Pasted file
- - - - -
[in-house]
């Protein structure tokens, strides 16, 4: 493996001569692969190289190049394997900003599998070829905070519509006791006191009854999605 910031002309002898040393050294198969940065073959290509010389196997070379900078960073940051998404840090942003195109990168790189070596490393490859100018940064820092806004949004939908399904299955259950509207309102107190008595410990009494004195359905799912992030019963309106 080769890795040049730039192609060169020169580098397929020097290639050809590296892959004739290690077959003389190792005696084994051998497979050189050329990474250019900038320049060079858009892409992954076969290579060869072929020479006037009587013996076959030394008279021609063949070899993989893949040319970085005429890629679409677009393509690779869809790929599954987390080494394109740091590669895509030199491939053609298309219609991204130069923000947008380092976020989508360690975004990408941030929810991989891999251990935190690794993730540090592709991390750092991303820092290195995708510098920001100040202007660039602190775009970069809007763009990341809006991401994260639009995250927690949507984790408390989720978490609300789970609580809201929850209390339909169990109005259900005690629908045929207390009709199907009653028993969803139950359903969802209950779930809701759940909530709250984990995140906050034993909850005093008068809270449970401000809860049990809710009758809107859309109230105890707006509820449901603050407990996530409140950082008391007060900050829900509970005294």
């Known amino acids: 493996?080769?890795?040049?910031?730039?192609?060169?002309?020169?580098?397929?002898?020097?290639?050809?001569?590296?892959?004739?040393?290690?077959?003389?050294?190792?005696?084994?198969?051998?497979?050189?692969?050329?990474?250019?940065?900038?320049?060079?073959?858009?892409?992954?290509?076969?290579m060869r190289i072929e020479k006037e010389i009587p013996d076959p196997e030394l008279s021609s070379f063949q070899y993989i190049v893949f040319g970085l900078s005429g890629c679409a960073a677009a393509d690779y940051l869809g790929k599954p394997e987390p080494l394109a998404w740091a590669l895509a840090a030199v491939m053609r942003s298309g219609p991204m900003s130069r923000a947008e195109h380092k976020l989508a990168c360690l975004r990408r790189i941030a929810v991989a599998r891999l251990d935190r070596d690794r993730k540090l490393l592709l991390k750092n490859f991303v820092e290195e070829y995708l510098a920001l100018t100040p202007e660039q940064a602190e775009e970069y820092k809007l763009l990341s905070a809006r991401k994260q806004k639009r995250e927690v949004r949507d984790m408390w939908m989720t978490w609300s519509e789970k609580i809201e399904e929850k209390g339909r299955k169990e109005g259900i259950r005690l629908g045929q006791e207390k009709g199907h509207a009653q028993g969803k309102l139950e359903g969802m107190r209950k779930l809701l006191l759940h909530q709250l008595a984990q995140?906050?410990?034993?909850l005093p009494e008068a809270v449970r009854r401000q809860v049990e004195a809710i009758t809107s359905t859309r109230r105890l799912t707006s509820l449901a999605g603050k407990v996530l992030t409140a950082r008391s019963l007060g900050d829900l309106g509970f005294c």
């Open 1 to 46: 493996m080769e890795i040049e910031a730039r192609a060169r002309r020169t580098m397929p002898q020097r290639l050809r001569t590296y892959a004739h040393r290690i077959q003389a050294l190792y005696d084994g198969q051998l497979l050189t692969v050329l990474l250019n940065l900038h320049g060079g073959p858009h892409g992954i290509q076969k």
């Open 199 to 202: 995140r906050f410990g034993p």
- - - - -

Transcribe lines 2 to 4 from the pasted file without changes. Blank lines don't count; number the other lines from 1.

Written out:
């Protein structure tokens, strides 16, 4: 493996001569692969190289190049394997900003599998070829905070519509006791006191009854999605 910031002309002898040393050294198969940065073959290509010389196997070379900078960073940051998404840090942003195109990168790189070596490393490859100018940064820092806004949004939908399904299955259950509207309102107190008595410990009494004195359905799912992030019963309106 080769890795040049730039192609060169020169580098397929020097290639050809590296892959004739290690077959003389190792005696084994051998497979050189050329990474250019900038320049060079858009892409992954076969290579060869072929020479006037009587013996076959030394008279021609063949070899993989893949040319970085005429890629679409677009393509690779869809790929599954987390080494394109740091590669895509030199491939053609298309219609991204130069923000947008380092976020989508360690975004990408941030929810991989891999251990935190690794993730540090592709991390750092991303820092290195995708510098920001100040202007660039602190775009970069809007763009990341809006991401994260639009995250927690949507984790408390989720978490609300789970609580809201929850209390339909169990109005259900005690629908045929207390009709199907009653028993969803139950359903969802209950779930809701759940909530709250984990995140906050034993909850005093008068809270449970401000809860049990809710009758809107859309109230105890707006509820449901603050407990996530409140950082008391007060900050829900509970005294």
């Known amino acids: 493996?080769?890795?040049?910031?730039?192609?060169?002309?020169?580098?397929?002898?020097?290639?050809?001569?590296?892959?004739?040393?290690?077959?003389?050294?190792?005696?084994?198969?051998?497979?050189?692969?050329?990474?250019?940065?900038?320049?060079?073959?858009?892409?992954?290509?076969?290579m060869r190289i072929e020479k006037e010389i009587p013996d076959p196997e030394l008279s021609s070379f063949q070899y993989i190049v893949f040319g970085l900078s005429g890629c679409a960073a677009a393509d690779y940051l869809g790929k599954p394997e987390p080494l394109a998404w740091a590669l895509a840090a030199v491939m053609r942003s298309g219609p991204m900003s130069r923000a947008e195109h380092k976020l989508a990168c360690l975004r990408r790189i941030a929810v991989a599998r891999l251990d935190r070596d690794r993730k540090l490393l592709l991390k750092n490859f991303v820092e290195e070829y995708l510098a920001l100018t100040p202007e660039q940064a602190e775009e970069y820092k809007l763009l990341s905070a809006r991401k994260q806004k639009r995250e927690v949004r949507d984790m408390w939908m989720t978490w609300s519509e789970k609580i809201e399904e929850k209390g339909r299955k169990e109005g259900i259950r005690l629908g045929q006791e207390k009709g199907h509207a009653q028993g969803k309102l139950e359903g969802m107190r209950k779930l809701l006191l759940h909530q709250l008595a984990q995140?906050?410990?034993?909850l005093p009494e008068a809270v449970r009854r401000q809860v049990e004195a809710i009758t809107s359905t859309r109230r105890l799912t707006s509820l449901a999605g603050k407990v996530l992030t409140a950082r008391s019963l007060g900050d829900l309106g509970f005294c």
């Open 1 to 46: 493996m080769e890795i040049e910031a730039r192609a060169r002309r020169t580098m397929p002898q020097r290639l050809r001569t590296y892959a004739h040393r290690i077959q003389a050294l190792y005696d084994g198969q051998l497979l050189t692969v050329l990474l250019n940065l900038h320049g060079g073959p858009h892409g992954i290509q076969k």